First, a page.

Ofsted verdict: HS2 college left employers to deliver training and failed to protect students from harassment

The grade four Ofsted report a National College went to the High Court to suppress has been published this morning.

FE Week broke the news earlier this month that the HS2 College, renamed as the National College for Advanced Transport and Infrastructure (NCATI), had been found ‘inadequate’ by inspectors in November and had filed for a judicial review to stop the result from seeing the light of day.

Following our reporting, the college dropped its court case and the watchdog has now made the report public.

It reveals “managers and staff do not act quickly enough to protect apprentices from harassment,” nor do they provide apprentices with the help, protection and support that they need.

In one incident, trainers and managers “failed to recognise or take effective action” to curb the harmful impact harassment was having on an apprentice.

“Staff did not prioritise the welfare and safeguarding needs of the apprentice over the needs of others in the class,” the report reads, while also stating the college’s safeguarding arrangements are “not effective”.

During a recent safeguarding incident, trainers and managers failed to recognise or take effective action to address the harmful impact of harassment being experienced by an apprentice while attending the college. Staff did not prioritise the welfare and safeguarding needs of the apprentice over the needs of others in the class.”

“Too many” of the apprentices, of which the college had 167 at the time of inspection, experience a “disjointed and insufficiently ordered curriculum”.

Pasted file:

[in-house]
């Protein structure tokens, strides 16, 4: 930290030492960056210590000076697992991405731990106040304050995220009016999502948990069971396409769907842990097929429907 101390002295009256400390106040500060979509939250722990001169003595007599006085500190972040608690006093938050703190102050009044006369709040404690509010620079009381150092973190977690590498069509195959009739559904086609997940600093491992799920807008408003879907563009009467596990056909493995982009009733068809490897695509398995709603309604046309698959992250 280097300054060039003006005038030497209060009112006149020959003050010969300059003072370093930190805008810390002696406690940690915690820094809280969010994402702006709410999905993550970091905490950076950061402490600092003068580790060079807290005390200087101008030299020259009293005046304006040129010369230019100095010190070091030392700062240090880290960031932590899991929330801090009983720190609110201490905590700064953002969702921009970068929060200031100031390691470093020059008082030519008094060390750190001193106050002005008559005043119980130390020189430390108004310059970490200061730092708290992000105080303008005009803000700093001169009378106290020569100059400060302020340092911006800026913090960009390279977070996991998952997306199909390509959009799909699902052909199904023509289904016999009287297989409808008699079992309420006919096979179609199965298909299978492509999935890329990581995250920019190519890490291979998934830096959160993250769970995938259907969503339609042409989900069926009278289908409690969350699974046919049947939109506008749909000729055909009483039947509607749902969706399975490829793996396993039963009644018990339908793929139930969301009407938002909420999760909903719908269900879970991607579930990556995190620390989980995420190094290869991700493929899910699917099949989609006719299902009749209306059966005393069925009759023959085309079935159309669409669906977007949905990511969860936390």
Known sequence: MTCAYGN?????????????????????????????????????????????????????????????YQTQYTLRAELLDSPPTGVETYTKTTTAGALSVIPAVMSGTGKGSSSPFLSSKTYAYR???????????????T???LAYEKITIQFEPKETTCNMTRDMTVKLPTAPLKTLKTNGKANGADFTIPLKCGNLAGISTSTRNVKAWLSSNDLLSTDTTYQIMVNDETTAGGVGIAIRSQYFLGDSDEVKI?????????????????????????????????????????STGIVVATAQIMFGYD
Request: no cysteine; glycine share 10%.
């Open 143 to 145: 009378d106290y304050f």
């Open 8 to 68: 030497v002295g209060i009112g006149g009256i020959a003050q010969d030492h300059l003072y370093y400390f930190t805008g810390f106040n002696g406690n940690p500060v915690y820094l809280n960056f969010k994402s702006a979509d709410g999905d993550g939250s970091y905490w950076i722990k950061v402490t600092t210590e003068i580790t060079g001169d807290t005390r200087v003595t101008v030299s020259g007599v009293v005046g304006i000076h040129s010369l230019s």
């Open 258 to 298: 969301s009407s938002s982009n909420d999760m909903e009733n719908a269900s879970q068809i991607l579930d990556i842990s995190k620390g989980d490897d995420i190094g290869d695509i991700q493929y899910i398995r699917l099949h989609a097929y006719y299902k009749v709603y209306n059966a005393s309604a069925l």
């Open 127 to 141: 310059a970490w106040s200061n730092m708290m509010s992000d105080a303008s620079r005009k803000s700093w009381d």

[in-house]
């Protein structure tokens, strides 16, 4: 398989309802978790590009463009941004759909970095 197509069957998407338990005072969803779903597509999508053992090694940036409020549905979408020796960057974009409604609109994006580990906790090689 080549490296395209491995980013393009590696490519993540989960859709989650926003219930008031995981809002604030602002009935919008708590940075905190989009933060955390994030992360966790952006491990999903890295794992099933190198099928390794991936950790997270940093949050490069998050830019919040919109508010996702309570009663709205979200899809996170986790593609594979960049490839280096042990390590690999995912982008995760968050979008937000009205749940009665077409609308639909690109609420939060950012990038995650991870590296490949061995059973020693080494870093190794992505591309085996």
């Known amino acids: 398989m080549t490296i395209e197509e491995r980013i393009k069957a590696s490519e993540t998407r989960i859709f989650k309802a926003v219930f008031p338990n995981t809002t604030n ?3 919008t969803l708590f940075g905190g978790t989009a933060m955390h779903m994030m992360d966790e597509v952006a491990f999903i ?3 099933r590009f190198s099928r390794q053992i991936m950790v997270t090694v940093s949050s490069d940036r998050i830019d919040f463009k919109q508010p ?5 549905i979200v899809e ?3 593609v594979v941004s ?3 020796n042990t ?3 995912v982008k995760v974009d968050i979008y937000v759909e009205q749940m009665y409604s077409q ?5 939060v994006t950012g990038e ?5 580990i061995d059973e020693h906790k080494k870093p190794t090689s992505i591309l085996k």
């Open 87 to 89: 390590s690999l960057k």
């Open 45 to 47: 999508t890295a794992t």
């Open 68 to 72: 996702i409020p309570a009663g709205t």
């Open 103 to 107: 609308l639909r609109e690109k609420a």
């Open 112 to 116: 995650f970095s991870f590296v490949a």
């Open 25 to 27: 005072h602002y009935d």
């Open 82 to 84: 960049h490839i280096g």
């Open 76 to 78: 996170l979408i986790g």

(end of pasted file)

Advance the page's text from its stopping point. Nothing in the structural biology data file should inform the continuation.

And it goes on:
Apprentices in practical engineering roles like locomotive maintenance and repair, are not trained in engineering skills such as hand-fitting and machining, which they need in the workplace.

Instead, “employers often provide this training themselves to fill this skills gap.”

Inspectors found NCATI’s technical trainers are not “sufficiently adept” at planning and delivering challenging learning which enables the apprentices to develop their skills.

“On technical-based apprenticeship courses, too many apprentices experience a disjointed and insufficiently ordered curriculum”

“Apprentices in practical engineering roles, such as locomotive maintenance and repair, do not receive training in engineering skills such as hand-fitting and machining that they need in the workplace. Employers often provide this training themselves to fill this skills gap”

“Technical trainers are not sufficiently adept at planning and delivering challenging learning that enables apprentices to make assured progress in their skills development.”

The Ofsted report also lists the name of five subcontractors that deliver training on behalf of NCATI, such as the Leeds College of Building.

However, Ofsted fail to make any direct reference at all to quality of their training.

As statement from the NCATI board says: “We have made a lot of progress in our 2 years, with much to be proud of, despite significant challenges in our environment.

“We regard the Ofsted process and provisional grade as flawed, with serious implications for our ability to operate. As a last resort we took legal action in the interest of our learners and industry.

“We are working with the FE Commissioner (FEC) and others and are optimistic of securing a long term sustainable future for our provision, without disruption to our current learners. This has allowed us to drop the legal action.”

The government has published an FE Commissioner report into NCATI this morning.

More to follow…